NEW YORK (CBSNewYork) - The Irish in New York. The story pre-dates the founding of the United States and it is still being written today.
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“We implement the ancient Irish spirit of welcome, which is the Gaelic word failte, so everyone is welcome here,” said Paul Finnegan, executive director of the New York Irish Center in Long Island City, Queens, where you’ll find tea and scones on the table. “We offer a broad range of classes in Irish culture. We put on events which have an Irish flavor to them.”
They also have concerts and movies.
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You’ll find step-dancing and fiddle lessons at the Aisling Irish Community Center in Yonkers.
“On Saturday morning, we have Irish language classes,” said board chair Agnes Delaney.
She says they help the young and the old find work and housing and they link them with social services. In recent years, with Ireland’s economy in tatters, there’s been a new wave of immigration.
“We probably see about 300 people come through these doors every week,” said Delaney. “More and more are coming, especially for the last four years, since 2008, when the economy in Ireland started to go down.”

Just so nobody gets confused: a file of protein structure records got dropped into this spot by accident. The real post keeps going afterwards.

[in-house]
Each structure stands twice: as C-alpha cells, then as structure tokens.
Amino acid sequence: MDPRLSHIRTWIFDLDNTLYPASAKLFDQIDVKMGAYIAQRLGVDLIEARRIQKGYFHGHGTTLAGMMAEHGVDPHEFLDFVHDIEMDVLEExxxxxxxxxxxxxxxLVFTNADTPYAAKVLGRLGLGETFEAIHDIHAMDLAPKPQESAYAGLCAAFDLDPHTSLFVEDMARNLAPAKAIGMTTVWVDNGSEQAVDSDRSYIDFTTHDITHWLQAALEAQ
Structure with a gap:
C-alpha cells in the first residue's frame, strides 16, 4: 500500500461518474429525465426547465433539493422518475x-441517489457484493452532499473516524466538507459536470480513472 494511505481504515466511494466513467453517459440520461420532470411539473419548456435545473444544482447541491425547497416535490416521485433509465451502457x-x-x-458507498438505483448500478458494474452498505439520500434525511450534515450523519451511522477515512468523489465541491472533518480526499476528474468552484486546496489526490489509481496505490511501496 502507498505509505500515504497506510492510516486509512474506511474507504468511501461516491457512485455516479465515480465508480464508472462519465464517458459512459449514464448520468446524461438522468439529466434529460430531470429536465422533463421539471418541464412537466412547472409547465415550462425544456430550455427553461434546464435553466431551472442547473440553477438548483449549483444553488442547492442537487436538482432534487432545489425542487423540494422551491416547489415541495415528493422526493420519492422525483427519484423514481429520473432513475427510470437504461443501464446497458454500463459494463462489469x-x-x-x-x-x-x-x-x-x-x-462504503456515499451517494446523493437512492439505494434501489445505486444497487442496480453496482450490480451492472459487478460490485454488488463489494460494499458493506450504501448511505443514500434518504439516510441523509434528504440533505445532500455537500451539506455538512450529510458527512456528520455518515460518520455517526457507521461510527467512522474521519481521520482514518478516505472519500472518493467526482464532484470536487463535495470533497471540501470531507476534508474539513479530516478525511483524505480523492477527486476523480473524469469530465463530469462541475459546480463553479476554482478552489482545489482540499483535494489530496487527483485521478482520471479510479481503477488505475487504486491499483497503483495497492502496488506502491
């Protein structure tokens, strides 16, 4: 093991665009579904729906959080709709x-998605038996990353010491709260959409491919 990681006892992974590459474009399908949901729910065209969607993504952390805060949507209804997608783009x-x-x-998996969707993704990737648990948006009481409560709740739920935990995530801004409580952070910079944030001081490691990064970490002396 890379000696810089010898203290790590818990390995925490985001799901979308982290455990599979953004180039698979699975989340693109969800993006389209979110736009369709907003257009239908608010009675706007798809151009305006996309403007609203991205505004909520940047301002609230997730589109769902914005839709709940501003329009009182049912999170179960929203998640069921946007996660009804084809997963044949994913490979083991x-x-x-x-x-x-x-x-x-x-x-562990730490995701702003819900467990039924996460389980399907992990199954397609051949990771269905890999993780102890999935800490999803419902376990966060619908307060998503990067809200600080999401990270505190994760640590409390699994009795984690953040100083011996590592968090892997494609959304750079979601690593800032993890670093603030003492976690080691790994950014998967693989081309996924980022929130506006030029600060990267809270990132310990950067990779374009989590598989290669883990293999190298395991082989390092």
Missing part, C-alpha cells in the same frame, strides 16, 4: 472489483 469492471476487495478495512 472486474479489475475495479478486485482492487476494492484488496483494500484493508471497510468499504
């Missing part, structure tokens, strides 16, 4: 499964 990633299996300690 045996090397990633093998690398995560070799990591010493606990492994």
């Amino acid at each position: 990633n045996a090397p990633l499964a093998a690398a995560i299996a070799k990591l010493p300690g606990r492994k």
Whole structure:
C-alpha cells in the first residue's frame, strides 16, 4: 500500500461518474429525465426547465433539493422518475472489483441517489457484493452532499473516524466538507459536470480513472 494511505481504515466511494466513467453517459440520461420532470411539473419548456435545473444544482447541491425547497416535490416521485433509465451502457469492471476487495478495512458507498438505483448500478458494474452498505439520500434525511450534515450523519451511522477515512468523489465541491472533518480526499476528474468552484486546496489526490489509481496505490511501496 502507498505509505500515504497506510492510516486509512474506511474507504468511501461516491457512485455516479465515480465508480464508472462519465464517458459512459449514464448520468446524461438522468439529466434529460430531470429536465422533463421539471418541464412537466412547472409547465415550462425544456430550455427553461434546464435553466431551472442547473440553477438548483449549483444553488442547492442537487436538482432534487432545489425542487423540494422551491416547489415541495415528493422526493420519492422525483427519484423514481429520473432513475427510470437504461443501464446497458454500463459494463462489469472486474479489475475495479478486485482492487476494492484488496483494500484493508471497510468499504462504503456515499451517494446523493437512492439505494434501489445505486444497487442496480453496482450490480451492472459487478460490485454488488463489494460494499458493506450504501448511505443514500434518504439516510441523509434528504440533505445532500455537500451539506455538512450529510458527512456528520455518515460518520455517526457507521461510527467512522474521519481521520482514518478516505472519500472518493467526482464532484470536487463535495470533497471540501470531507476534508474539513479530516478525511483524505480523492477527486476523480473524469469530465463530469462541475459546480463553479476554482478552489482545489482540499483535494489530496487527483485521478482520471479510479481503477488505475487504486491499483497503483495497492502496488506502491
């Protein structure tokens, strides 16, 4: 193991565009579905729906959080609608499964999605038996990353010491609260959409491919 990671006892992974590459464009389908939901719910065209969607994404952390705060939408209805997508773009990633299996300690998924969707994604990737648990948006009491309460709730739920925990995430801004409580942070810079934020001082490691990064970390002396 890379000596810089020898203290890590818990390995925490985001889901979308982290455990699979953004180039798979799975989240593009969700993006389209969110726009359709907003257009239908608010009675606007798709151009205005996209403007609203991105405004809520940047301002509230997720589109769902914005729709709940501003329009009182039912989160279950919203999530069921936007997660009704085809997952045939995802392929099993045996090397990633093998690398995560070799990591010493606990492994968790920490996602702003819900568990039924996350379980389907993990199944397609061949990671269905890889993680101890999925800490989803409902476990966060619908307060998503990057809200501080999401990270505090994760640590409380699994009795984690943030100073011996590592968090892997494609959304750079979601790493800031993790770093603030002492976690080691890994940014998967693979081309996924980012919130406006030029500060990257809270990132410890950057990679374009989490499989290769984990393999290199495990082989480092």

She says they are well-educated and eager to work.
“It’s not that they’re walking in the door and saying ‘Poor me.’ They’re walking in the door and looking for the adventure and looking for work,” she said.
“I get e-mails all the time from people in Ireland wondering how they can come to live and work legally in the United States,” said Finnegan. “We’ve had some great volunteers here. You know, they’re in their 20s and they’ve had to go back and we have who will be heading back in April because his Visa has run out.”
It’s a struggle. Immigration advocates are pushing the Irish E-3 visa bill, which would give these new immigrants a legal path to stay in the U.S. Sen. Charles Schumer is a big supporter, but it’s a bit of a prickly issue with unemployment still relatively high.
“Nobody’s looking for preferences for the Irish. We’re just looking for a level playing field,” said Finnegan.
But he is hopeful.
“I have a very hard time telling people in Ireland that want to come here that they really shouldn’t consider it unless they have a viable option to become legal here,” he said.
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